Prohibition as part of American life deeply influenced Dashiell Hammett's fiction, especially his creation of tough, hard-boiled detectives who see violence and corruption every day. Many readers living through the Prohibition era made Hammett a popular author in his day because the hard-boiled detective could seem to them a response to the criminality and corruption of the times. Hammett's private eyes have an underlying mistrust and disdain for politicians and law enforcement and a loathing for unbridled greed. Both private investigators Continental Op and Sam Spade develop their own code of ethics in Hammett's fiction: they fight criminals believing that a good outcome justifies any wrongdoings that they themselves may commit to accomplish it. Hammett's private detectives do not neatly fit into simple moral categories of good or bad as they flaunt rules, defy authority, and skirt around legalities to bring wrongdoers to justice. Published in 1930, The Maltese Falcon diverted readers with its hard-nosed detective who outwits crooks and makes sure they get what's coming to them, even if he has to use underhanded tactics to do so.

By the early 1930s even original supporters of Prohibition realized it had created corrupt connections among gangsters, the court system, and politicians. In 1933 the 21st Amendment was ratified and repealed the 18th Amendment, ending the Prohibition era. By then the hard-boiled detective fiction that Hammett pioneered had become an entrenched genre in American fiction that had influence over many writers for years to come.


The Maltese Falcon was published in book form in 1930, on the border between the Roaring 20s and the Great Depression that followed the collapse of the stock market in 1929. Many real changes in the role of women in society had taken place in the 1920s in the United States, beginning with the establishment of women's right to vote at the start of the decade. Women entered the workforce in larger numbers after the end of World War I in 1918. In conjunction with this, they experienced more freedom in a variety of areas. For them the 1920s were a hedonistic decade to some extent focused on having a good time. Women felt sexually liberated to a greater extent than ever before. They smoked in public for the first time, shortened their floor-length skirts to show off their legs, cut their hair short, and felt free to flirt. However, underneath it all limitations still existed about women's roles. The general expectation remained that women's true purpose was to find a husband, settle down, and have children. Women were not really considered men's equals but rather men's and children's caretakers.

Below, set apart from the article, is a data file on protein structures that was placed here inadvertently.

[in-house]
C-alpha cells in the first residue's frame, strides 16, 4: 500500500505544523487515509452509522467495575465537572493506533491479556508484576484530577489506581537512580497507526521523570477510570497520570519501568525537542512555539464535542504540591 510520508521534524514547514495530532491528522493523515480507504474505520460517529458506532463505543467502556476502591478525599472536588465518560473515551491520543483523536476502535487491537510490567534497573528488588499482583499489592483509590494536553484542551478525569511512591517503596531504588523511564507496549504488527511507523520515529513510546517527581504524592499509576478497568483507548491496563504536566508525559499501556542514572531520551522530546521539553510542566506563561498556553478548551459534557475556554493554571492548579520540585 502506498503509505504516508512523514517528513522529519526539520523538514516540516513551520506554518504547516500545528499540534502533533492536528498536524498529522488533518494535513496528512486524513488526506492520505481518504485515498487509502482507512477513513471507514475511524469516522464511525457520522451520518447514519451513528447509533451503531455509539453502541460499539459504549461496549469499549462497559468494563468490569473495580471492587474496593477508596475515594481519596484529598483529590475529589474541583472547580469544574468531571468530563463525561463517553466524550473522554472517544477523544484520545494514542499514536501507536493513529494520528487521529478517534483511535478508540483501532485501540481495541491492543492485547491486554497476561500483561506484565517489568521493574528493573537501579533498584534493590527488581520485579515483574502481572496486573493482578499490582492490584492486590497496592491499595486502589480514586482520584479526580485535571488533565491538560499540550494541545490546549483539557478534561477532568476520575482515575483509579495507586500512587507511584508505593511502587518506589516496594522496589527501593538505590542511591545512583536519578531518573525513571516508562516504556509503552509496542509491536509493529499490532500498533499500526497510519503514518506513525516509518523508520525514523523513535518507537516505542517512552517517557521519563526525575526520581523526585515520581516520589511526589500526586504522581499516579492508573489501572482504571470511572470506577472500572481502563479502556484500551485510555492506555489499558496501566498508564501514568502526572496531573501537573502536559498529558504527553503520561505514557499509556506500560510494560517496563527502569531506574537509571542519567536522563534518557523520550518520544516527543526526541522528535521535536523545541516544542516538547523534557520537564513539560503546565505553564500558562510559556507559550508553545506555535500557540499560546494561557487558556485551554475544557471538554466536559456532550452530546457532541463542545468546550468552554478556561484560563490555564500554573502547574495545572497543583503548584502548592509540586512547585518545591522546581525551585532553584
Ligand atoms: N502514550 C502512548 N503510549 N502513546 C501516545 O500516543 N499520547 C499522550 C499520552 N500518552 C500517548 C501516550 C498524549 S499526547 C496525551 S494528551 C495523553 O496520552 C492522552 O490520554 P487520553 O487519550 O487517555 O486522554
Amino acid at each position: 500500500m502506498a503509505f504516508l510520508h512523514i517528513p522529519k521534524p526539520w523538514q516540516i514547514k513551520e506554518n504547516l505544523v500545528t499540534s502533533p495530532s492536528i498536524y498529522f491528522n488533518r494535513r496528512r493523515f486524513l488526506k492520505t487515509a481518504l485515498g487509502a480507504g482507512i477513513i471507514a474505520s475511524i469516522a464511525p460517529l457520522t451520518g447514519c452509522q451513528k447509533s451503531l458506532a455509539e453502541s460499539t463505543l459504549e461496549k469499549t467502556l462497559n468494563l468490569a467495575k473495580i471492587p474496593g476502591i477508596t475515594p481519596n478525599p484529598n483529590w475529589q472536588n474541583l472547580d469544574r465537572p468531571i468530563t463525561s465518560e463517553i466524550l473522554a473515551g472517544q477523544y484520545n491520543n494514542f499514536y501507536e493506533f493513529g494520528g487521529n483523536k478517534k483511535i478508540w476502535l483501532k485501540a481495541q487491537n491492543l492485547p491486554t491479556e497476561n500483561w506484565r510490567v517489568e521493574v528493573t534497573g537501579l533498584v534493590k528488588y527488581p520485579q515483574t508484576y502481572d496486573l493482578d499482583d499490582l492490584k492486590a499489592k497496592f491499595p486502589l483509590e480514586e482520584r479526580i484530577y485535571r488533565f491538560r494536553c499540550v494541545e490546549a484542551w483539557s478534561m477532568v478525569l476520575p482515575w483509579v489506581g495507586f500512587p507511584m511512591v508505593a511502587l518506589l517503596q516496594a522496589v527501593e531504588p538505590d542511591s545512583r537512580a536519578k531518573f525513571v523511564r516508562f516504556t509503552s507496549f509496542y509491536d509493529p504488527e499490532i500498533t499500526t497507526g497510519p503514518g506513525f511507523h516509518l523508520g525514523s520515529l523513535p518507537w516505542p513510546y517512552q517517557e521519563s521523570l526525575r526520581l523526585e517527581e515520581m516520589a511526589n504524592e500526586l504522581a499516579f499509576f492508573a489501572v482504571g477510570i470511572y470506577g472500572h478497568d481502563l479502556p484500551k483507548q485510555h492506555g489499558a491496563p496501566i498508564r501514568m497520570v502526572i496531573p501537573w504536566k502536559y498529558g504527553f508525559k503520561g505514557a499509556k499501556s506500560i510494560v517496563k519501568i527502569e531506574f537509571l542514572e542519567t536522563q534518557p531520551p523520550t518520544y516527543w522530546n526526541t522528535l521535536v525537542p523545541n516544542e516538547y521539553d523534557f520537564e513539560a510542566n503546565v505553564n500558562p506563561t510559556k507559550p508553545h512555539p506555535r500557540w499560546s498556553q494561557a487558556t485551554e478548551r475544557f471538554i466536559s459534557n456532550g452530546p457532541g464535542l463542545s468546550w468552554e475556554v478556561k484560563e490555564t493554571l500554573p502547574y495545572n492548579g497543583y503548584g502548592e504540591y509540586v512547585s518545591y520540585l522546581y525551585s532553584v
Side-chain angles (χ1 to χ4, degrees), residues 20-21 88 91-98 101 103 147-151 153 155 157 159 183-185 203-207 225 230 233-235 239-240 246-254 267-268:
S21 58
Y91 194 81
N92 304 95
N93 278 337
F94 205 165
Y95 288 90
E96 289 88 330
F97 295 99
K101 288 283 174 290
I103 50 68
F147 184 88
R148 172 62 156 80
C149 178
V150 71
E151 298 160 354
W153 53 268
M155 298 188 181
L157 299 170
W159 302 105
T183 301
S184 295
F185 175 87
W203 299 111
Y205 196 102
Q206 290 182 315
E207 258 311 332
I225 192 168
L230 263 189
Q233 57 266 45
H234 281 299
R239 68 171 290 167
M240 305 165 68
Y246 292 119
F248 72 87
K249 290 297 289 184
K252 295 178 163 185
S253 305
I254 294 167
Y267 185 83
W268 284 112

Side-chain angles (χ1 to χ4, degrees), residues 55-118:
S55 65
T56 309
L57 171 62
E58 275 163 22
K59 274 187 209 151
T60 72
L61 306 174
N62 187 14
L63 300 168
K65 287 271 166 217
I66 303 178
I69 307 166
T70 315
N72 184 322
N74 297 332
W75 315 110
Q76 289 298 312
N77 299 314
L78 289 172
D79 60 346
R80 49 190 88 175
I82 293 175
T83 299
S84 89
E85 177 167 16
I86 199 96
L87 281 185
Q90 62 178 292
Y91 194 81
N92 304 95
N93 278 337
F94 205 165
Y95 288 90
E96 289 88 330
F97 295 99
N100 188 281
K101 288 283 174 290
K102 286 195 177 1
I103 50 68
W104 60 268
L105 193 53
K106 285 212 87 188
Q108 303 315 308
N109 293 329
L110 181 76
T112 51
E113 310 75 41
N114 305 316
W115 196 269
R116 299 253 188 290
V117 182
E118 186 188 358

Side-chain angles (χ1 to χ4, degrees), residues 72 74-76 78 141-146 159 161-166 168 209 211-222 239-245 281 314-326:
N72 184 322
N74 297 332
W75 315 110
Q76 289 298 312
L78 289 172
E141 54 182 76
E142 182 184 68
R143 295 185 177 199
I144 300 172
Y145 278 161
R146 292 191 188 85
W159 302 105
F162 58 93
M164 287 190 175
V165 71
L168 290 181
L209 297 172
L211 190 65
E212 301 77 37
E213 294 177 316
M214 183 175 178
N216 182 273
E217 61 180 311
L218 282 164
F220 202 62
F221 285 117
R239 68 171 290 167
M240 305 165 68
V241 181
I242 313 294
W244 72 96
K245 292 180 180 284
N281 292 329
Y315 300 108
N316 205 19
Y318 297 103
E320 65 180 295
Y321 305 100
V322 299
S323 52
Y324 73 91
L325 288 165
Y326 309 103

The view of women in The Maltese Falcon is often stereotypical of the times described, especially where female sexuality is concerned. Women are unfaithful and hysterical (Iva Archer); conniving, blood-thirsty seductresses (femme fatale Brigid O'Shaughnessy); or loyal but sexless handmaidens (Spade's secretary, Effie Perine). While there is some suggestion that Spade's treatment of these women is manipulative and therefore not admirable, his many conquests, like James Bond's in the 20th century, for many readers may add to, more than detract from, his manliness.

Homosexuals don't fare much better than women in the novel. The Maltese Falcon has rightly been accused of being homophobic. Despite the greater sexual freedom of the Roaring 20s, as the 1930s dawned homosexuality faced major opposition in America, with police and lawmakers cracking down on gays. Hammett shows, through stereotypical descriptions, that Joel Cairo and Wilmer Cook are homosexual because they are effeminate, resembling women more than men in their dress, tastes, and actions.

Cairo, for example, is described as walking with "short, mincing, bobbing steps." He smells like perfume and wears multiple rings and colorful clothes. He speaks in "a high-pitched thin voice" and sits down "primly, crossing his ankles." Effie comes right out and tells Spade that he is "queer." Spade himself calls Cairo "the fairy." Spade makes allusions to Wilmer Cook as also being a homosexual. In one scene when Wilmer and Cairo are together, Spade mocks their behavior as "the course of true love."

Like the treatment of women in the novel as sexual objects, the treatment of homosexuality reflects the prejudice of Hammett's times. In the novel the stereotypical presentation of homosexuality may also serve an additional purpose. It makes Sam Spade seem even more stereotypically manly. This helps cement Spade's role as an icon of traditional masculinity.